Lottery scam / News / The Foreigner

Lottery scam. It’s not every day that you win over 1.2 million Euros, especially if you never entered the lottery in the first place. It’s not every day that you win over 1.2 million Euros, especially if you never entered the lottery in the first place.Manuel with the money Have you ever received letters or emails out of the blue saying that you are the grand prize winner in the “Spanish Sweepstake Lottery”? According to Aftenblad, that’s precisely what happened to Toralf Sandø, one of their journalists.

scam, lottery, aftenblad



The Foreigner Logo

The Foreigner is an online publication for English speakers living or who have an interest in Norway. Whether it’s a glimpse of news or entertainment you’re after, there’s no need to leave your linguistic armchair. You don’t need to cry over the demise of the English pages of Aftenposten.no, The Foreigner is here!

Norske nyheter på engelsk fra Norge. The Foreigner er en engelskspråklig internett avis for de som bor eller som er interessert i Norge.

Google+ Google+ Twitter Facebook RSS RSS



News Article

LATEST:

}

Lottery scam

Published on Friday, 20th February, 2009 at 10:00 under the news category, by Michael Sandelson   .
Last Updated on 24th February 2009 at 06:42.

It’s not every day that you win over 1.2 million Euros, especially if you never entered the lottery in the first place.

Lottery balls (illustration photo)
Lottery balls (illustration photo)
Photo: Askham Design/IStockphoto


It’s not every day that you win over 1.2 million Euros, especially if you never entered the lottery in the first place.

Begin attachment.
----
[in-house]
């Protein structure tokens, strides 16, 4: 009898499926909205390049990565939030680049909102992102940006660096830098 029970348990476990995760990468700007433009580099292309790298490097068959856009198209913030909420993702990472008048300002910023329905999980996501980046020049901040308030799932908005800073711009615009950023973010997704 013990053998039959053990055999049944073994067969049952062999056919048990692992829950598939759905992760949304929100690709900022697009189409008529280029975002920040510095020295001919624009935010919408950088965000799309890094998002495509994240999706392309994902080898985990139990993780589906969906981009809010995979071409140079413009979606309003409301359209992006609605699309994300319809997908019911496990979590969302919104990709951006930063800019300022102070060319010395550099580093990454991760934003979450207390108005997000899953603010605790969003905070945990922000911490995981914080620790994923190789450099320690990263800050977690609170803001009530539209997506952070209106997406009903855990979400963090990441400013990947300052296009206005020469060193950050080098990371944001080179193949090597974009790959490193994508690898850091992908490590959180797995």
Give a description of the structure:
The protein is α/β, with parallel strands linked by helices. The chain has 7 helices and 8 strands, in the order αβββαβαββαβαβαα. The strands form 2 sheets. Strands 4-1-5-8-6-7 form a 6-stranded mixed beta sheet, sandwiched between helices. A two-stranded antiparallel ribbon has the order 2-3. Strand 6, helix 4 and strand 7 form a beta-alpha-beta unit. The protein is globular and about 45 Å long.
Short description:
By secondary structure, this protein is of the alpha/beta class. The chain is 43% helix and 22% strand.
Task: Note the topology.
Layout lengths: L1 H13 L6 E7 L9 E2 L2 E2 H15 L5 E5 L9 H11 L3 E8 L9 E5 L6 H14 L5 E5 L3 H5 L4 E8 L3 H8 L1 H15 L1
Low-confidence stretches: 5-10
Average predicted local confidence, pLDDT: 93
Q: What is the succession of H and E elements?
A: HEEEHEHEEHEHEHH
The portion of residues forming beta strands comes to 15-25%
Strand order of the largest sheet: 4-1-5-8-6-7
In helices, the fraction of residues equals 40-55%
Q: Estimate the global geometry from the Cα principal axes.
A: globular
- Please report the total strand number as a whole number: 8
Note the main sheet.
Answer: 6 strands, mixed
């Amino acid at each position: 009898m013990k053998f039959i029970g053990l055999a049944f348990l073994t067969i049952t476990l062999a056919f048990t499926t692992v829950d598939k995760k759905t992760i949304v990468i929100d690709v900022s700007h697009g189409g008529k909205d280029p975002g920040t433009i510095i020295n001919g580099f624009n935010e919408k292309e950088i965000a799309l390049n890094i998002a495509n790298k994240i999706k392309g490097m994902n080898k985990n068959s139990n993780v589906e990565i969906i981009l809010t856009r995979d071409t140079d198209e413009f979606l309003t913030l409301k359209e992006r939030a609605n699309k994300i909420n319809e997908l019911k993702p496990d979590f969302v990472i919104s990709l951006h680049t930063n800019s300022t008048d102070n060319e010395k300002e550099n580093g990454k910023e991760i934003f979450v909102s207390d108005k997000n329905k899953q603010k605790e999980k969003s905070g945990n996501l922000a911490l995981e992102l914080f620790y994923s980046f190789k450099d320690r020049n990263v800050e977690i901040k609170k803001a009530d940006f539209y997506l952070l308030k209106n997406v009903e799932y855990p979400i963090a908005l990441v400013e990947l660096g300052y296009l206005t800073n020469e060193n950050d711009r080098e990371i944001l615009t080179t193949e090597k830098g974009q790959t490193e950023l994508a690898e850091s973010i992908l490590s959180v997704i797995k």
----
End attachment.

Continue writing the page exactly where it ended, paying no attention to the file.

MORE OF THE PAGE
Manuel with the money

Have you ever received letters or emails out of the blue saying that you are the grand prize winner in the “Spanish Sweepstake Lottery”? According to Aftenblad, that’s precisely what happened to Toralf Sandø, one of their journalists.

“All I had to do was to fax detailed personal information, together with my bank account number plus a few other things, and the money would be mine”, he says.

Not worth the paper it’s printed on

One might be tempted to celebrate after having received such news.

“The letter was from the “Luna Global Security Company S.A.” in Madrid, and it said that their commission agent, Dr Jose Blanco, could arrange for the transfer of money, minus a 10 percent commission charge”, he continued.

It’s not easy to pull the wool over a journalist’s eyes, so he decided to ring them.

Fawlty information

Aftenposten reports that the company had already deposited the money in what was, according to Dr Blanco, the Spanish Central Bank, Santander.

“However, this is not the name of the Central Bank. I mentioned this to Dr Blanco, but he assured me that the money was secure, but could not give me the account number”, says Sandø.

The moral of this story: If something looks too good to be true, it normally is.



Published on Friday, 20th February, 2009 at 10:00 under the news category, by Michael Sandelson   .
Last updated on 24th February 2009 at 06:42.

This post has the following tags: scam, lottery, aftenblad.





  
Do NOT follow this link or you will be banned from the site!